Most personal injury lawyers charge on contingency, which means that rather than paying costs up front, you agree to pay the case expenses and attorney fees from any settlement you receive. Generally if you don’t win the case, the lawyer will waive his or her fees.
Contingency may be charged as a flat percentage rate of any money you are awarded, or on a sliding scale, where the lawyer gets a higher percentage if the settlement is large, a lower percentage if the award is smaller. Some lawyers take a percentage of the gross award -- the amount you are awarded before expenses are deducted -- while others will take a percentage of the net award, the amount you are left after court costs. Be sure to understand how your attorney has calculated fees before signing a contract.
Any time you hire an attorney the primary cost is the time your lawyer spends on your case. Other costs depend on whether your case is settled outside of court or not. Costs increase the longer a case goes on and particularly if comes to trial. Expenses that may be included in the final fee include:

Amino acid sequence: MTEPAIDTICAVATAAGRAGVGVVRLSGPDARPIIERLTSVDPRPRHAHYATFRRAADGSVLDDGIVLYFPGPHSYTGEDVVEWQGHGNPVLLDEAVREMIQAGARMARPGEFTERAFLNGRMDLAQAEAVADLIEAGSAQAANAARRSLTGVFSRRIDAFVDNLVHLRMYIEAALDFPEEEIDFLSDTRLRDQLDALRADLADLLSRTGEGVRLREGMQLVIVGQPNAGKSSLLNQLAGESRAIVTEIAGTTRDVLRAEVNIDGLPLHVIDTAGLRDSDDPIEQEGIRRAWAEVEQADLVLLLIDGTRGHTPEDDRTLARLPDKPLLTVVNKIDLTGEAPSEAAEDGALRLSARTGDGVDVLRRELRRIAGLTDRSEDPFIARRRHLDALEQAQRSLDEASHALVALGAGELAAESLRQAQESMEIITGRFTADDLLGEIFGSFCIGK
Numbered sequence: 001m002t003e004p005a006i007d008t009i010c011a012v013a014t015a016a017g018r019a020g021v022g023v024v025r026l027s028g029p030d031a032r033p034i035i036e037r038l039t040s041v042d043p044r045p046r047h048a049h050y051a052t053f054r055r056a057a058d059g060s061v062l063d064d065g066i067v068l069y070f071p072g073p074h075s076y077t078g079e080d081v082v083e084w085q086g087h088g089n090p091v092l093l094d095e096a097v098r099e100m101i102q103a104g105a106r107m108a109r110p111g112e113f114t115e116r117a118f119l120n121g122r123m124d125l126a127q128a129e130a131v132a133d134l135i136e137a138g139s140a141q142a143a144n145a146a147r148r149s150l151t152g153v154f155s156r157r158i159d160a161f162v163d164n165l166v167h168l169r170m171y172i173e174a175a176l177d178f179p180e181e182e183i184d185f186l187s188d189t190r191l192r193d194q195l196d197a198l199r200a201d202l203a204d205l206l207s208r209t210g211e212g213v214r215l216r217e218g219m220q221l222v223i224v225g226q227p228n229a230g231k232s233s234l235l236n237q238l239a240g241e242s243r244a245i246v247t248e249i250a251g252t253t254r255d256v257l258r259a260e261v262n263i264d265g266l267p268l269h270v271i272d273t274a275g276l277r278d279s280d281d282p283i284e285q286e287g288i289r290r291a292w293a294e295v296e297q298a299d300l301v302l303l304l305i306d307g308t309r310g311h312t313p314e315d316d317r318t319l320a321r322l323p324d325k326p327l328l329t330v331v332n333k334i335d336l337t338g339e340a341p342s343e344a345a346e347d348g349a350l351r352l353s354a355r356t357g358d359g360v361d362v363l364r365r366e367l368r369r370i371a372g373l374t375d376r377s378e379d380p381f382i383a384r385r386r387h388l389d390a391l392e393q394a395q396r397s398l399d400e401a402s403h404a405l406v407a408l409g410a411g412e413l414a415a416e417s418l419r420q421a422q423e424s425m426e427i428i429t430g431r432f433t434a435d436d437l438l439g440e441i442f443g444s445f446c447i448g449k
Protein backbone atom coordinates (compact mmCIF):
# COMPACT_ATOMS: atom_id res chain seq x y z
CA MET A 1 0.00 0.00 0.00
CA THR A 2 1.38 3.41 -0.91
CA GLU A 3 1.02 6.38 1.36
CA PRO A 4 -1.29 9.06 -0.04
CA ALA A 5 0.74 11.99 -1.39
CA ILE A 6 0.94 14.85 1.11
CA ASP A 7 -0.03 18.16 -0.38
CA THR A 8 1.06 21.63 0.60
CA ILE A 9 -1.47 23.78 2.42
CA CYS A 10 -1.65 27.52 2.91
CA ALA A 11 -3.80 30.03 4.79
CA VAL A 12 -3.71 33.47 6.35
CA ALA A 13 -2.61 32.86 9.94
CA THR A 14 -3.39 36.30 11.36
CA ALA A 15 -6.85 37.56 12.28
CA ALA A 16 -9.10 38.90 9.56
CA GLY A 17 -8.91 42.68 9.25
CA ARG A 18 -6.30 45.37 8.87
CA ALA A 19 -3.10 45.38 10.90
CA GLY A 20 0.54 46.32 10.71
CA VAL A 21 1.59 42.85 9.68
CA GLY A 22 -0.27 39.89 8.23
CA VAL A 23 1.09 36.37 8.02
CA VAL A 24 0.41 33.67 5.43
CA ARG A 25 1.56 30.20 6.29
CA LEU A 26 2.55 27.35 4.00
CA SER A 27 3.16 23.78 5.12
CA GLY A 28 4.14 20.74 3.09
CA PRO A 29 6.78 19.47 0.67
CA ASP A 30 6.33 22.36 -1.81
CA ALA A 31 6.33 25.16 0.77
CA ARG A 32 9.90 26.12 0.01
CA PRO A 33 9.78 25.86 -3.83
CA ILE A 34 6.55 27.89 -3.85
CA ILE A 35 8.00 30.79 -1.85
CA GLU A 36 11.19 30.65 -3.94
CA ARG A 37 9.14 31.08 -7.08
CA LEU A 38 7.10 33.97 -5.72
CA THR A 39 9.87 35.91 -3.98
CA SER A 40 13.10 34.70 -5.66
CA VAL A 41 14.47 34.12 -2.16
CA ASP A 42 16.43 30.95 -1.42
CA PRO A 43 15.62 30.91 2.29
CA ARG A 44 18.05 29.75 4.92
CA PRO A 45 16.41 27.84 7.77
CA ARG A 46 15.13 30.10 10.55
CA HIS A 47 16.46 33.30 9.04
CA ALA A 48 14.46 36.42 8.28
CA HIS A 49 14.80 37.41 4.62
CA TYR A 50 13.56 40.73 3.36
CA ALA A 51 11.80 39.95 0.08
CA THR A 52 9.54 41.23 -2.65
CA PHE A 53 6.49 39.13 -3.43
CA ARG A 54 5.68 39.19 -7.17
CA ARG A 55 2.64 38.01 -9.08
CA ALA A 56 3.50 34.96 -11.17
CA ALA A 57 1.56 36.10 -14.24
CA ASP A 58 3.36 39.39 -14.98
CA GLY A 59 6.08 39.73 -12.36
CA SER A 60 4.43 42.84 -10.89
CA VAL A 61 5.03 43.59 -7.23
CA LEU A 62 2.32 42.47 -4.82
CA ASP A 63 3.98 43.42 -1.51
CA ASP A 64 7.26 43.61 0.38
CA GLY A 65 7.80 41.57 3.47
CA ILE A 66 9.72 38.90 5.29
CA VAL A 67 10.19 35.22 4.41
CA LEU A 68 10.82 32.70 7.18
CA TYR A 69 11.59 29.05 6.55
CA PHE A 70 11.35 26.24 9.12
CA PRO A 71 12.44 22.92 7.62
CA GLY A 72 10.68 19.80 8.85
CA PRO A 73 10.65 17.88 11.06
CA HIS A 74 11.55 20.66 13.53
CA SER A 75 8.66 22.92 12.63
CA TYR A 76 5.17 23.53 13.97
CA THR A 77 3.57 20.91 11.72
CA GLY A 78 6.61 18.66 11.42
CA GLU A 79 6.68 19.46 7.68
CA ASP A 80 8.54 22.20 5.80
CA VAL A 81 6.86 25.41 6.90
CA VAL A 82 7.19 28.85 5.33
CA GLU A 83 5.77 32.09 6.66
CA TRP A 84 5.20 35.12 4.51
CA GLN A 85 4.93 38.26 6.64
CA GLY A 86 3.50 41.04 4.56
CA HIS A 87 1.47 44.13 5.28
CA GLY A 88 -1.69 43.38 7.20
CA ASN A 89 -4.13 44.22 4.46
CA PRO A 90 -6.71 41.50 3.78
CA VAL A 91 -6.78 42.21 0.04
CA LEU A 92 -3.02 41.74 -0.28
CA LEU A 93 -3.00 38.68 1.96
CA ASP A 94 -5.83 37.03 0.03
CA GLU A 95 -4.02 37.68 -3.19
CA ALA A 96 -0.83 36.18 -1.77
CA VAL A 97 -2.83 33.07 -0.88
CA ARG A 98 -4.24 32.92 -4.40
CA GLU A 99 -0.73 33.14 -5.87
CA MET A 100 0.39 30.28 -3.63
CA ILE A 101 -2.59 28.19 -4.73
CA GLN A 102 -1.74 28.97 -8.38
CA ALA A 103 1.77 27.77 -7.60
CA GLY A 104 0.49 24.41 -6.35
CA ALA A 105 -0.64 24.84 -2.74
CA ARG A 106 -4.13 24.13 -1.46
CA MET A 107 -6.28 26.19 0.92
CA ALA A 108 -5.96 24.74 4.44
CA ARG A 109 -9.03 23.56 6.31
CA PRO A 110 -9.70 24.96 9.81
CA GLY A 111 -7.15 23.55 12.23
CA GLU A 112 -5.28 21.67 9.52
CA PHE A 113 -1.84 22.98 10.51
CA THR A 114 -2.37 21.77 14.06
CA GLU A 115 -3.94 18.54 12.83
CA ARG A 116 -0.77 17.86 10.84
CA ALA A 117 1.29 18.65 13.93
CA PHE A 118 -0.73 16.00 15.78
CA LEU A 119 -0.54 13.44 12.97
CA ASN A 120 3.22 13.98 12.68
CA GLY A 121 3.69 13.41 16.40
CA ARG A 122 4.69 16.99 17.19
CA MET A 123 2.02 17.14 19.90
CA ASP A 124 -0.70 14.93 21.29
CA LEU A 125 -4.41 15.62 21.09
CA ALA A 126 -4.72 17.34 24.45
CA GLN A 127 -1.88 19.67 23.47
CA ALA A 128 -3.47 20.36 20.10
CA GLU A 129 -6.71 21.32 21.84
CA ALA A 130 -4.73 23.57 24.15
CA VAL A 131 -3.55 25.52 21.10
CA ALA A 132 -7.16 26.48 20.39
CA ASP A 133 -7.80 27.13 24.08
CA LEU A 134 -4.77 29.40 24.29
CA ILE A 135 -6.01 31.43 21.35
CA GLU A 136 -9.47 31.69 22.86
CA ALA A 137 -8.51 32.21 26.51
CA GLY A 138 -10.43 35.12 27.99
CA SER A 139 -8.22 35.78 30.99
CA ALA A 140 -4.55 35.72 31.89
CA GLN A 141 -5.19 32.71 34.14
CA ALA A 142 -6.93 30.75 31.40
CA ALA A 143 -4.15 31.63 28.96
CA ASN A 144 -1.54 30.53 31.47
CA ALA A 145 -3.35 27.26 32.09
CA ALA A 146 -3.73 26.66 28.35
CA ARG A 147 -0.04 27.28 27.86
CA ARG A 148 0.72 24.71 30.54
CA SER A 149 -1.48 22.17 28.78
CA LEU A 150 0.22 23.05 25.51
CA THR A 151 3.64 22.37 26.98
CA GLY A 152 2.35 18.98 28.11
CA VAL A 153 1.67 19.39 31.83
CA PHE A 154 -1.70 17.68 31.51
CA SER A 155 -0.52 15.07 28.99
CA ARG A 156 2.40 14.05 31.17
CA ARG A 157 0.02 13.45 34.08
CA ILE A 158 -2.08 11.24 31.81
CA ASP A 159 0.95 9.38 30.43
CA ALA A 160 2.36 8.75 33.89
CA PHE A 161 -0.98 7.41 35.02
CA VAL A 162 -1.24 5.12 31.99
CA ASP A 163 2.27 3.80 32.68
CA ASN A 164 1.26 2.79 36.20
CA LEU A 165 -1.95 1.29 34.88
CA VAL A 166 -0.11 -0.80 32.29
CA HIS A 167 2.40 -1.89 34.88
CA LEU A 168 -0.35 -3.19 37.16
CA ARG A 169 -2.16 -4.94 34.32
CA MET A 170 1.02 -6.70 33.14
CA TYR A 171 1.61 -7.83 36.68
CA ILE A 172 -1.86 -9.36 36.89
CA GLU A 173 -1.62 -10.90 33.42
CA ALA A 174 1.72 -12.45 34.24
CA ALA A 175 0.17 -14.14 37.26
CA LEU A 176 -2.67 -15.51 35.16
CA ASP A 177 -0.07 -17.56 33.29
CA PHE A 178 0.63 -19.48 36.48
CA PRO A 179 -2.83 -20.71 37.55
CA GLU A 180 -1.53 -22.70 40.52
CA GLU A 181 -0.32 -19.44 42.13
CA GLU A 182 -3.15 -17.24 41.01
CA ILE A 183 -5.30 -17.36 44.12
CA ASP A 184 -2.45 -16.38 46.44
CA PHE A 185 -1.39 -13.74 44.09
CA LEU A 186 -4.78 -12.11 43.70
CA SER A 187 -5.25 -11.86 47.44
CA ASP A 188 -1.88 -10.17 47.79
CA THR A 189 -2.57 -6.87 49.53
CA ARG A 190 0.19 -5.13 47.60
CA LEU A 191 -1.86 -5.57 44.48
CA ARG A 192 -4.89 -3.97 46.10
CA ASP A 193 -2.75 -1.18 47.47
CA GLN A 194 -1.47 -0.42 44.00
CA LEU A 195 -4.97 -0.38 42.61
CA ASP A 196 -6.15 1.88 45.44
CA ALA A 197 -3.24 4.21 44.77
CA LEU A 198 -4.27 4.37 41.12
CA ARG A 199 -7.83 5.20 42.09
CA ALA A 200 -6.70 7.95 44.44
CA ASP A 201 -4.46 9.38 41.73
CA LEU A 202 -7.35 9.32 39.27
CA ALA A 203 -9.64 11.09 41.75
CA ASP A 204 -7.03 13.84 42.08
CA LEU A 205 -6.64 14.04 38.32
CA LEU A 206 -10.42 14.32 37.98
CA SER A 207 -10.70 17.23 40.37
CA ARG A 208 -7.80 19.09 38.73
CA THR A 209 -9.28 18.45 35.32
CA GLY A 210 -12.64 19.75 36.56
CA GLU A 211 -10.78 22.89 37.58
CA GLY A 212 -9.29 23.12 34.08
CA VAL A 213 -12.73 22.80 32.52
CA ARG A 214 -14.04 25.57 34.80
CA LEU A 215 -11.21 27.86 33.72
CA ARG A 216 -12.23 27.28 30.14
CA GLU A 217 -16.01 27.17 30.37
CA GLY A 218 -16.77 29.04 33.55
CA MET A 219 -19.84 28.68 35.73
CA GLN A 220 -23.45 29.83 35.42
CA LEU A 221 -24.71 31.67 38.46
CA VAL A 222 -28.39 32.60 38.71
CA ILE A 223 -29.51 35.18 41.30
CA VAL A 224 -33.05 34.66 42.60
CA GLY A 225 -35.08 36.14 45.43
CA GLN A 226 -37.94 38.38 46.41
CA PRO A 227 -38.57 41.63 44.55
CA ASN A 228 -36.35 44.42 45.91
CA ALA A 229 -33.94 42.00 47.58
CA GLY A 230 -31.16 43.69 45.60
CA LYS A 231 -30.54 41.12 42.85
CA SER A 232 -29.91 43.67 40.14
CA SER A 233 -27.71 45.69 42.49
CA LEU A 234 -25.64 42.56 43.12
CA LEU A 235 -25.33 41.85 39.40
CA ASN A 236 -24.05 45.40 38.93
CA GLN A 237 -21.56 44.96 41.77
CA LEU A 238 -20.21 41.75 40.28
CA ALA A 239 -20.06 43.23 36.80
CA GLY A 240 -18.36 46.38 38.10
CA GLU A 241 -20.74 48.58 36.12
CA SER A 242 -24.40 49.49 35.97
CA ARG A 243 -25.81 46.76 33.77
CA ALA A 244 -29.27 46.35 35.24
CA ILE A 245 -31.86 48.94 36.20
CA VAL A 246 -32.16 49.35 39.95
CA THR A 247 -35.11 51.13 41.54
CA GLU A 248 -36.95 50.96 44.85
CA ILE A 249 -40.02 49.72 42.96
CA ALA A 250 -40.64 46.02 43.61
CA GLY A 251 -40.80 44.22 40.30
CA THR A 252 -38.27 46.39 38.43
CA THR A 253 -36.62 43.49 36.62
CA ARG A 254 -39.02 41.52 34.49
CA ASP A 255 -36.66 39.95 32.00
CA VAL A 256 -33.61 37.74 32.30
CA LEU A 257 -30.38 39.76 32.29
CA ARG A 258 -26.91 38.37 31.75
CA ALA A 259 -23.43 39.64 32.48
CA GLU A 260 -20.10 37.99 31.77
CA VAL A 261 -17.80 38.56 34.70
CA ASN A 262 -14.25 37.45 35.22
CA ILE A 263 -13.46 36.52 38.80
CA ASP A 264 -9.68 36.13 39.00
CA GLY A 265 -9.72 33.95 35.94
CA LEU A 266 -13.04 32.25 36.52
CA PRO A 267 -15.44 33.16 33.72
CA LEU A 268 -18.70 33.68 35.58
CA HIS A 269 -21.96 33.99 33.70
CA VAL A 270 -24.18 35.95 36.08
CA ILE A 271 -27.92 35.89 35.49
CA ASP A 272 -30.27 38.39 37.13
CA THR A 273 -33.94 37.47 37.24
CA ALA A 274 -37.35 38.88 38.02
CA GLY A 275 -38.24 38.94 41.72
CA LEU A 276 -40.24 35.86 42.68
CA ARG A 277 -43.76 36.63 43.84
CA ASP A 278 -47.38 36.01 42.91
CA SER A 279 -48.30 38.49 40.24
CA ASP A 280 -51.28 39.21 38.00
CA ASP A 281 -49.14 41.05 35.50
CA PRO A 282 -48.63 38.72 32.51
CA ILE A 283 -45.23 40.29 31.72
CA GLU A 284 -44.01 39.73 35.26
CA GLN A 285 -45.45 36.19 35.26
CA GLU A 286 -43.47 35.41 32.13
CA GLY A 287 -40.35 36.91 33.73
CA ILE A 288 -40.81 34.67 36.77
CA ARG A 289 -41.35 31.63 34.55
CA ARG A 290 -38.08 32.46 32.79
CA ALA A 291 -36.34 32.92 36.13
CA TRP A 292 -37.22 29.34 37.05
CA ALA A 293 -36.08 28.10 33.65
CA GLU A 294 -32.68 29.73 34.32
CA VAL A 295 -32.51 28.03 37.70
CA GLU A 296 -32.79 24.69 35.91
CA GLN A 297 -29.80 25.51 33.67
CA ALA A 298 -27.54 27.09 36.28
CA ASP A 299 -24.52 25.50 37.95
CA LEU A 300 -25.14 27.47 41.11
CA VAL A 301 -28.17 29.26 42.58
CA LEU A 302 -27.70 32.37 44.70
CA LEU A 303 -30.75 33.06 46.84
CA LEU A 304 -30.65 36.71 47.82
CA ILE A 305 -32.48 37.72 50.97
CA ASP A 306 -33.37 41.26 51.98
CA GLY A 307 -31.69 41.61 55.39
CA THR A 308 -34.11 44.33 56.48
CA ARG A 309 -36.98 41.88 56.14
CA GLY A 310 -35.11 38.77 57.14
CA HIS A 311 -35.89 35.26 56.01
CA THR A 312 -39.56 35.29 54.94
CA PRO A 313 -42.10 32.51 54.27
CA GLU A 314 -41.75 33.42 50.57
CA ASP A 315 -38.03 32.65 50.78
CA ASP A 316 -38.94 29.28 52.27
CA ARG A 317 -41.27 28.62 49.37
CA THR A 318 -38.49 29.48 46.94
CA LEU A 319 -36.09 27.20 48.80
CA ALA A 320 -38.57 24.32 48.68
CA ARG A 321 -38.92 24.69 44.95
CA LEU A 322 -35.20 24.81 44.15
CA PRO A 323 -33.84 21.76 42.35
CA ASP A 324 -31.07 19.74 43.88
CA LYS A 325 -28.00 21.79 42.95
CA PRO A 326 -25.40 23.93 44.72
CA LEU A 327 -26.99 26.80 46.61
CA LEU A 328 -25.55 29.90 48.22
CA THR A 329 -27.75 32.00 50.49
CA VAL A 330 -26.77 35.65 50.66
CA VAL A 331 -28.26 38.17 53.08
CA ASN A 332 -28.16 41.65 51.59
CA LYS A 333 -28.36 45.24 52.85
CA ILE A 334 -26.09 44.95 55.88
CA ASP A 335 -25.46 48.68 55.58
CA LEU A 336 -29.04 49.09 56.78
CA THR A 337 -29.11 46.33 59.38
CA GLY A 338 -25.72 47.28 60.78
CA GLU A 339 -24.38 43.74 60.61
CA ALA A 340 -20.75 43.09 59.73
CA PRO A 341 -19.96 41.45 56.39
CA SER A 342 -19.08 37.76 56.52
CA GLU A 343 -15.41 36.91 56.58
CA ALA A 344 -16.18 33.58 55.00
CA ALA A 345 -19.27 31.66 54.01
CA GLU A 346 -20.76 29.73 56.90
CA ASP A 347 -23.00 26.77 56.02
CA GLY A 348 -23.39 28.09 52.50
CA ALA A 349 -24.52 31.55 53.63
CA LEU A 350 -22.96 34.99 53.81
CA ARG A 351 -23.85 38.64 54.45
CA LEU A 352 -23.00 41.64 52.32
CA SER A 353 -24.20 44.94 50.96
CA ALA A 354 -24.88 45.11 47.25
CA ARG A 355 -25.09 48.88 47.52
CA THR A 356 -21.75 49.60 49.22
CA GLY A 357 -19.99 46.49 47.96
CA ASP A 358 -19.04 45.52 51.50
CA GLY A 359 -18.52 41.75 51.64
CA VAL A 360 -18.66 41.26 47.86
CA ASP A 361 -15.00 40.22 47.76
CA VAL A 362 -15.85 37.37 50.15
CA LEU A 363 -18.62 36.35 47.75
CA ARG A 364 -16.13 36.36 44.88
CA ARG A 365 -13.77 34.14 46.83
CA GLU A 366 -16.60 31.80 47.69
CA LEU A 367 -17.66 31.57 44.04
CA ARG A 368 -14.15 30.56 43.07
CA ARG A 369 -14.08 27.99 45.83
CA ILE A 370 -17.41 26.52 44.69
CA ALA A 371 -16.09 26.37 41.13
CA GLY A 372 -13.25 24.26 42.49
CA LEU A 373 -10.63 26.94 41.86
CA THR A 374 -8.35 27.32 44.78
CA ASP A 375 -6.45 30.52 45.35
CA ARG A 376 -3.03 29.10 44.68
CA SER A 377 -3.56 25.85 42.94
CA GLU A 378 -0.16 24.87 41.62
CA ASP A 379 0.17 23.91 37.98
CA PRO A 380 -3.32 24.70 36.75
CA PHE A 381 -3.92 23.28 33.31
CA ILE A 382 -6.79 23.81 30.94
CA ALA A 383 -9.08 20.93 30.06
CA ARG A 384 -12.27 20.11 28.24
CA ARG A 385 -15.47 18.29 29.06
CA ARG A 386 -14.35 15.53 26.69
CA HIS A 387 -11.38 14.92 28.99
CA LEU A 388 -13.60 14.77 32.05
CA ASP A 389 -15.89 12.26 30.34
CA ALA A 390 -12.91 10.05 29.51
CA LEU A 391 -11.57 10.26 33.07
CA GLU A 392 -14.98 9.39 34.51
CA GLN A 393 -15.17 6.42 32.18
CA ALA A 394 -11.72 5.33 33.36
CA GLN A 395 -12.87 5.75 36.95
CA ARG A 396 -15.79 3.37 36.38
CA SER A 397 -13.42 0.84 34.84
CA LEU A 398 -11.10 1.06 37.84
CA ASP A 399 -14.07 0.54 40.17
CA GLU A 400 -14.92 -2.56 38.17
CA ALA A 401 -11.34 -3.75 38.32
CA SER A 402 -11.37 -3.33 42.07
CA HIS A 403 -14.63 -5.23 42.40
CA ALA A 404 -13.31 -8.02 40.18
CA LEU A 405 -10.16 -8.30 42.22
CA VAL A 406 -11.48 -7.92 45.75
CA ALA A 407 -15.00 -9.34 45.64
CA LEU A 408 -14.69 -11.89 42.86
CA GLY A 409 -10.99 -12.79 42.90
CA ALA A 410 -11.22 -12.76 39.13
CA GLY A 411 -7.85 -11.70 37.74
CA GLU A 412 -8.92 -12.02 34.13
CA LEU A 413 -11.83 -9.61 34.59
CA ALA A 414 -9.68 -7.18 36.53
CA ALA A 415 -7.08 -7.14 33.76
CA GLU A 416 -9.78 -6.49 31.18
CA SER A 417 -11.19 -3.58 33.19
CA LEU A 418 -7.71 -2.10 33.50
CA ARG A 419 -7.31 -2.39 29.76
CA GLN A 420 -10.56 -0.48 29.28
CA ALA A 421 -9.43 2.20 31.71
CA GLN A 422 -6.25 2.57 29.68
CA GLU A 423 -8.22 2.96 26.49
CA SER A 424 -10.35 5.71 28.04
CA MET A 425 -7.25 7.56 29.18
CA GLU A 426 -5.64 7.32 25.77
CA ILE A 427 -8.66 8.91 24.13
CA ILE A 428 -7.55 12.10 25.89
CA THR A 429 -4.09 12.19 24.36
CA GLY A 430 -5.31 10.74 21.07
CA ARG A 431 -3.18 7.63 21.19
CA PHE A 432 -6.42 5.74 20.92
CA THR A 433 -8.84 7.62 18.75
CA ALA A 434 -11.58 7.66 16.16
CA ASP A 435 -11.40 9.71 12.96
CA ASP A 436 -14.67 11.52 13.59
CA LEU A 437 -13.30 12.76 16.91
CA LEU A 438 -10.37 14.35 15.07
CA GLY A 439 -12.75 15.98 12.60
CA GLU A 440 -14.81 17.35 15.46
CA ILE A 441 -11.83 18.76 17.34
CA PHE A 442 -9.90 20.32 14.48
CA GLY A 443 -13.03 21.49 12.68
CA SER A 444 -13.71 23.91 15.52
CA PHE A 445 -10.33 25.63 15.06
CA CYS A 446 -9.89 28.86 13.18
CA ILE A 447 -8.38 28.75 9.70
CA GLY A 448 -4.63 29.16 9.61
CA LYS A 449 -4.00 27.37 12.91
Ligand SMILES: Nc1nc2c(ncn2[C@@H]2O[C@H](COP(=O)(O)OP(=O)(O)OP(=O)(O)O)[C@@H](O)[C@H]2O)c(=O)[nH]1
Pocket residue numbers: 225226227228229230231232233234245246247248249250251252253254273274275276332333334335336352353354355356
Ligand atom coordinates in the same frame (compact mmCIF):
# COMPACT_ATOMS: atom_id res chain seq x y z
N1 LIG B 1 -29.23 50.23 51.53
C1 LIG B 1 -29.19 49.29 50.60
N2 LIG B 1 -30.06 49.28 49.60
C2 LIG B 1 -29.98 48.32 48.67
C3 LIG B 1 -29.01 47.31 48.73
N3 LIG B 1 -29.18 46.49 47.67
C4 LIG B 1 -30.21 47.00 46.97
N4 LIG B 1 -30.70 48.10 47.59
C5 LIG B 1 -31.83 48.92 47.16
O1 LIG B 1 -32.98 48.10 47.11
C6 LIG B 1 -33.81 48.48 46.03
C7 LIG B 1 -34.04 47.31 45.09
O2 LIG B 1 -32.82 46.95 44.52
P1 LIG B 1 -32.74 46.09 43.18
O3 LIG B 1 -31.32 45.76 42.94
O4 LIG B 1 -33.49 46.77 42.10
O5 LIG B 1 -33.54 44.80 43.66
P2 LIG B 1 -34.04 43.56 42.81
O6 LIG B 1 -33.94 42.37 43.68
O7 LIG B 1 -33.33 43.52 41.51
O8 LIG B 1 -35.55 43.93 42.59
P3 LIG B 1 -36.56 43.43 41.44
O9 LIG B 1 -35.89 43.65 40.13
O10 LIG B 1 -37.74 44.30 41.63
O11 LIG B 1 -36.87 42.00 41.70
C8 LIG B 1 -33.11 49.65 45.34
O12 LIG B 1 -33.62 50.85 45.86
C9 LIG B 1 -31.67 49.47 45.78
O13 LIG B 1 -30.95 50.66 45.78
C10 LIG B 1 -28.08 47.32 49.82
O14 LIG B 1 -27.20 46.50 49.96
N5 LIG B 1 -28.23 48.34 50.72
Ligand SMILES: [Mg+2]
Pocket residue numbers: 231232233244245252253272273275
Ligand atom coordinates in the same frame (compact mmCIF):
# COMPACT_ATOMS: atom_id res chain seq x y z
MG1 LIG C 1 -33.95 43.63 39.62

- Filing fees
- Court Costs
- Paralegal Time
- Secretarial / staff time
- Postage charges
- Deposition and court reporter costs
- Computer research related costs
- Private investigator fees
- Messenger and process server fees
- Experts, consultants, and witness fees
- Travel expenses
There are disadvantages to contingency fee arrangements to consider. If your case is settled easily, you may be left feeling your attorney did not completely earn his or her fee. And if you win, you will be responsible for paying your lawyer’s fees and expenses even if that ends up leaving you with an amount less than the medical expenses and auto repair or replacement costs you incurred as the result of the original car accident.